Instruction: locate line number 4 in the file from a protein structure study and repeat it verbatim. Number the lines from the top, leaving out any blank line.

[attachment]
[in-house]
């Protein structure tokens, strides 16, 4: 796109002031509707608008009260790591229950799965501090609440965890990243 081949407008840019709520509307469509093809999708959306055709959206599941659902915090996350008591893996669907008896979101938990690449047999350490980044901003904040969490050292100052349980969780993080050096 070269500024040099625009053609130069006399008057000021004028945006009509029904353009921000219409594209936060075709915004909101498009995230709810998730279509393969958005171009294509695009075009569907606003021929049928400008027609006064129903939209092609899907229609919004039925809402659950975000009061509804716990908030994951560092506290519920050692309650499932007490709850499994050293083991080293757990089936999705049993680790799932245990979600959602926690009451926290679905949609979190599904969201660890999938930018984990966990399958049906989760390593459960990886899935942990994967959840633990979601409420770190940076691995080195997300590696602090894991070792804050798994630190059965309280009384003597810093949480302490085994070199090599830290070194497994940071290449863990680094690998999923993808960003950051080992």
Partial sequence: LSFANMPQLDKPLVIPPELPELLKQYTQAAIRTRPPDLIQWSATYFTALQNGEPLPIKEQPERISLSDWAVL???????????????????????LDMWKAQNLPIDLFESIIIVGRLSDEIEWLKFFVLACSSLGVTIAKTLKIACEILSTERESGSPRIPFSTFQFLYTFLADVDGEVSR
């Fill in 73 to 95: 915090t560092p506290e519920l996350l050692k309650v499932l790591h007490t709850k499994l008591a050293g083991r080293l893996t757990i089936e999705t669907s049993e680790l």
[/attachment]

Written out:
């Fill in 73 to 95: 915090t560092p506290e519920l996350l050692k309650v499932l790591h007490t709850k499994l008591a050293g083991r080293l893996t757990i089936e999705t669907s049993e680790l």